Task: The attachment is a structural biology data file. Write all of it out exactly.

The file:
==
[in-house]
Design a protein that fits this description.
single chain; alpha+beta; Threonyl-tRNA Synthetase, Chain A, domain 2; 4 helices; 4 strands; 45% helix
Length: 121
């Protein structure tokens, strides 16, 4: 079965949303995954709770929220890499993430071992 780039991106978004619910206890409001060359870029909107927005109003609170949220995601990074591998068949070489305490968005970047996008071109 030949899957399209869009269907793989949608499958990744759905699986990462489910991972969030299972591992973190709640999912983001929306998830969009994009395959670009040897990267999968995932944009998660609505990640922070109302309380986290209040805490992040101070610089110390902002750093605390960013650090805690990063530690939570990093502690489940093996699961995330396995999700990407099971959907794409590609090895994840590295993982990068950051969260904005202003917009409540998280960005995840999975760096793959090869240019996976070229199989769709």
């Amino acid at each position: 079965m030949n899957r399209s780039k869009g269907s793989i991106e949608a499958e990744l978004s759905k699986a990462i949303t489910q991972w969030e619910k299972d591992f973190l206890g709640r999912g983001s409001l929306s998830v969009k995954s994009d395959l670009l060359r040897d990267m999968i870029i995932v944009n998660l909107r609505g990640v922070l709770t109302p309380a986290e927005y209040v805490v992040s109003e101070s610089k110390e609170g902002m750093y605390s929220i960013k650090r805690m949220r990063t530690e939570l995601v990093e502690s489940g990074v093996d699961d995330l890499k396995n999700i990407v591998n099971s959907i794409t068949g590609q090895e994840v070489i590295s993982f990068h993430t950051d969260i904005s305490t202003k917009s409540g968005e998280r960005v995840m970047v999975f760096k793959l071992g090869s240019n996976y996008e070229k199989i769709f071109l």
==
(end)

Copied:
[in-house]
Design a protein that fits this description.
single chain; alpha+beta; Threonyl-tRNA Synthetase, Chain A, domain 2; 4 helices; 4 strands; 45% helix
Length: 121
């Protein structure tokens, strides 16, 4: 079965949303995954709770929220890499993430071992 780039991106978004619910206890409001060359870029909107927005109003609170949220995601990074591998068949070489305490968005970047996008071109 030949899957399209869009269907793989949608499958990744759905699986990462489910991972969030299972591992973190709640999912983001929306998830969009994009395959670009040897990267999968995932944009998660609505990640922070109302309380986290209040805490992040101070610089110390902002750093605390960013650090805690990063530690939570990093502690489940093996699961995330396995999700990407099971959907794409590609090895994840590295993982990068950051969260904005202003917009409540998280960005995840999975760096793959090869240019996976070229199989769709």
């Amino acid at each position: 079965m030949n899957r399209s780039k869009g269907s793989i991106e949608a499958e990744l978004s759905k699986a990462i949303t489910q991972w969030e619910k299972d591992f973190l206890g709640r999912g983001s409001l929306s998830v969009k995954s994009d395959l670009l060359r040897d990267m999968i870029i995932v944009n998660l909107r609505g990640v922070l709770t109302p309380a986290e927005y209040v805490v992040s109003e101070s610089k110390e609170g902002m750093y605390s929220i960013k650090r805690m949220r990063t530690e939570l995601v990093e502690s489940g990074v093996d699961d995330l890499k396995n999700i990407v591998n099971s959907i794409t068949g590609q090895e994840v070489i590295s993982f990068h993430t950051d969260i904005s305490t202003k917009s409540g968005e998280r960005v995840m970047v999975f760096k793959l071992g090869s240019n996976y996008e070229k199989i769709f071109l």